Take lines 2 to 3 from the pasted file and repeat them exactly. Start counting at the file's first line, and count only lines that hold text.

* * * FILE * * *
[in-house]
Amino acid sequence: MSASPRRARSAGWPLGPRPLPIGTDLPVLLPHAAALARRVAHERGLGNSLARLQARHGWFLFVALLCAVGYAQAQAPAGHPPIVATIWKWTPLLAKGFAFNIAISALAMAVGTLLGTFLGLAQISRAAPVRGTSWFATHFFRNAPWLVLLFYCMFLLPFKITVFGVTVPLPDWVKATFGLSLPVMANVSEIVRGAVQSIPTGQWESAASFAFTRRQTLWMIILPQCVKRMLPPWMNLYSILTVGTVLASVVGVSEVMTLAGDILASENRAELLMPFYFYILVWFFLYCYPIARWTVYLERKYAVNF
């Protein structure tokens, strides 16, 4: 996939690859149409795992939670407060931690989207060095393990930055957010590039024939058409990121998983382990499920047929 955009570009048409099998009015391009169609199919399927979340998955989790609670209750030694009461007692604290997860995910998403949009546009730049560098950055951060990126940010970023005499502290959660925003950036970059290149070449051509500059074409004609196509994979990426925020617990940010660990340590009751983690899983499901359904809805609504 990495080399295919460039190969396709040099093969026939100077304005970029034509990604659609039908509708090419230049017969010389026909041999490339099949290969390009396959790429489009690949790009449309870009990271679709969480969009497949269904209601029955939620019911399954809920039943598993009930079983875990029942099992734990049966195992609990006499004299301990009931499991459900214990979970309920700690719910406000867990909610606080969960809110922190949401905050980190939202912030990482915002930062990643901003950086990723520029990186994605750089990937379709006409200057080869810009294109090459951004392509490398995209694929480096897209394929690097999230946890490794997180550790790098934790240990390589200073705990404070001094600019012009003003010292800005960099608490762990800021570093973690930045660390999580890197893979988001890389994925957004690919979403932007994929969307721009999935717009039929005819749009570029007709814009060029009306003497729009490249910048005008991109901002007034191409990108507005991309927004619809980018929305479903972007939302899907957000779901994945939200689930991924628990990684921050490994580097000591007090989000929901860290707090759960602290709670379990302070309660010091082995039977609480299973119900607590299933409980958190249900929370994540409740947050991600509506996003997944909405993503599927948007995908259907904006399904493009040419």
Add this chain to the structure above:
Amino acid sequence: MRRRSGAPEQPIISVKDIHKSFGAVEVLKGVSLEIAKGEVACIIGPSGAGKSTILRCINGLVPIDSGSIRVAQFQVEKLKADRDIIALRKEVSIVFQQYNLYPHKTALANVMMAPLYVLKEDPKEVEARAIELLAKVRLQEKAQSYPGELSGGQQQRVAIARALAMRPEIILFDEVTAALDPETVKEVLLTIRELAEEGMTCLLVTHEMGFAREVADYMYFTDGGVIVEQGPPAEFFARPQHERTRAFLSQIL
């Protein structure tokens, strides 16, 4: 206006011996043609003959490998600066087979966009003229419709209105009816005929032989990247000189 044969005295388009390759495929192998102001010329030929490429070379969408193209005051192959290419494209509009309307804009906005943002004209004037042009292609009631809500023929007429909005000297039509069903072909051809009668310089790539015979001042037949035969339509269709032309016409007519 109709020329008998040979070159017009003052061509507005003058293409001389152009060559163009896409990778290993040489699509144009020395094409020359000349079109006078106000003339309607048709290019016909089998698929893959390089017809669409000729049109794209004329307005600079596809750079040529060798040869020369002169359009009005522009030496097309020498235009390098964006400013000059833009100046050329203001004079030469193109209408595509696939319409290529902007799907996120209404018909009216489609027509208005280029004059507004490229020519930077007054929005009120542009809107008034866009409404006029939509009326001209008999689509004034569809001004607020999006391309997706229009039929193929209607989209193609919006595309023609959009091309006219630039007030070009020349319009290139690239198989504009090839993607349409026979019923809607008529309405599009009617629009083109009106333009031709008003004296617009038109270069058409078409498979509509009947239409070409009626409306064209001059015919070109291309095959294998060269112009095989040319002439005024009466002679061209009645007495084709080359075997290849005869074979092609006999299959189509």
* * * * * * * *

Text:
Amino acid sequence: MSASPRRARSAGWPLGPRPLPIGTDLPVLLPHAAALARRVAHERGLGNSLARLQARHGWFLFVALLCAVGYAQAQAPAGHPPIVATIWKWTPLLAKGFAFNIAISALAMAVGTLLGTFLGLAQISRAAPVRGTSWFATHFFRNAPWLVLLFYCMFLLPFKITVFGVTVPLPDWVKATFGLSLPVMANVSEIVRGAVQSIPTGQWESAASFAFTRRQTLWMIILPQCVKRMLPPWMNLYSILTVGTVLASVVGVSEVMTLAGDILASENRAELLMPFYFYILVWFFLYCYPIARWTVYLERKYAVNF
């Protein structure tokens, strides 16, 4: 996939690859149409795992939670407060931690989207060095393990930055957010590039024939058409990121998983382990499920047929 955009570009048409099998009015391009169609199919399927979340998955989790609670209750030694009461007692604290997860995910998403949009546009730049560098950055951060990126940010970023005499502290959660925003950036970059290149070449051509500059074409004609196509994979990426925020617990940010660990340590009751983690899983499901359904809805609504 990495080399295919460039190969396709040099093969026939100077304005970029034509990604659609039908509708090419230049017969010389026909041999490339099949290969390009396959790429489009690949790009449309870009990271679709969480969009497949269904209601029955939620019911399954809920039943598993009930079983875990029942099992734990049966195992609990006499004299301990009931499991459900214990979970309920700690719910406000867990909610606080969960809110922190949401905050980190939202912030990482915002930062990643901003950086990723520029990186994605750089990937379709006409200057080869810009294109090459951004392509490398995209694929480096897209394929690097999230946890490794997180550790790098934790240990390589200073705990404070001094600019012009003003010292800005960099608490762990800021570093973690930045660390999580890197893979988001890389994925957004690919979403932007994929969307721009999935717009039929005819749009570029007709814009060029009306003497729009490249910048005008991109901002007034191409990108507005991309927004619809980018929305479903972007939302899907957000779901994945939200689930991924628990990684921050490994580097000591007090989000929901860290707090759960602290709670379990302070309660010091082995039977609480299973119900607590299933409980958190249900929370994540409740947050991600509506996003997944909405993503599927948007995908259907904006399904493009040419």